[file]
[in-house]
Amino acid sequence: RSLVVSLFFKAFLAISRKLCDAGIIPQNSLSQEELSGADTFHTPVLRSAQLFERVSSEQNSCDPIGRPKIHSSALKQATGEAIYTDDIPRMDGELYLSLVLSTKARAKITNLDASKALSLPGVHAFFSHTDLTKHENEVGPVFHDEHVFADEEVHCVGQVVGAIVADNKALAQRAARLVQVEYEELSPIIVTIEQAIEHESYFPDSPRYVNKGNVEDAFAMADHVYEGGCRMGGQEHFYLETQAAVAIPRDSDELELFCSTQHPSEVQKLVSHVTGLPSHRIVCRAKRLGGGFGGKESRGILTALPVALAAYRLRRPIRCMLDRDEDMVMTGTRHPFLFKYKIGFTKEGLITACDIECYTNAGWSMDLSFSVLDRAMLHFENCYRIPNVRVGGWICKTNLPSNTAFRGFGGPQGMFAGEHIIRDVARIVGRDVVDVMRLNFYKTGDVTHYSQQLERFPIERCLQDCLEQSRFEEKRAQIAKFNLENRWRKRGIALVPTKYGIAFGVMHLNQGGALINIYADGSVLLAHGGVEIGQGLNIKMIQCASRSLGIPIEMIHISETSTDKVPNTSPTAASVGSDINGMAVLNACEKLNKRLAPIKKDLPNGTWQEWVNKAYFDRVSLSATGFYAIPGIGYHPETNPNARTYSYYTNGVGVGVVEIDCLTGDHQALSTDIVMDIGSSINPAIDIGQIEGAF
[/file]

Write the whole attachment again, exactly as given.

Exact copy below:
[in-house]
Amino acid sequence: RSLVVSLFFKAFLAISRKLCDAGIIPQNSLSQEELSGADTFHTPVLRSAQLFERVSSEQNSCDPIGRPKIHSSALKQATGEAIYTDDIPRMDGELYLSLVLSTKARAKITNLDASKALSLPGVHAFFSHTDLTKHENEVGPVFHDEHVFADEEVHCVGQVVGAIVADNKALAQRAARLVQVEYEELSPIIVTIEQAIEHESYFPDSPRYVNKGNVEDAFAMADHVYEGGCRMGGQEHFYLETQAAVAIPRDSDELELFCSTQHPSEVQKLVSHVTGLPSHRIVCRAKRLGGGFGGKESRGILTALPVALAAYRLRRPIRCMLDRDEDMVMTGTRHPFLFKYKIGFTKEGLITACDIECYTNAGWSMDLSFSVLDRAMLHFENCYRIPNVRVGGWICKTNLPSNTAFRGFGGPQGMFAGEHIIRDVARIVGRDVVDVMRLNFYKTGDVTHYSQQLERFPIERCLQDCLEQSRFEEKRAQIAKFNLENRWRKRGIALVPTKYGIAFGVMHLNQGGALINIYADGSVLLAHGGVEIGQGLNIKMIQCASRSLGIPIEMIHISETSTDKVPNTSPTAASVGSDINGMAVLNACEKLNKRLAPIKKDLPNGTWQEWVNKAYFDRVSLSATGFYAIPGIGYHPETNPNARTYSYYTNGVGVGVVEIDCLTGDHQALSTDIVMDIGSSINPAIDIGQIEGAF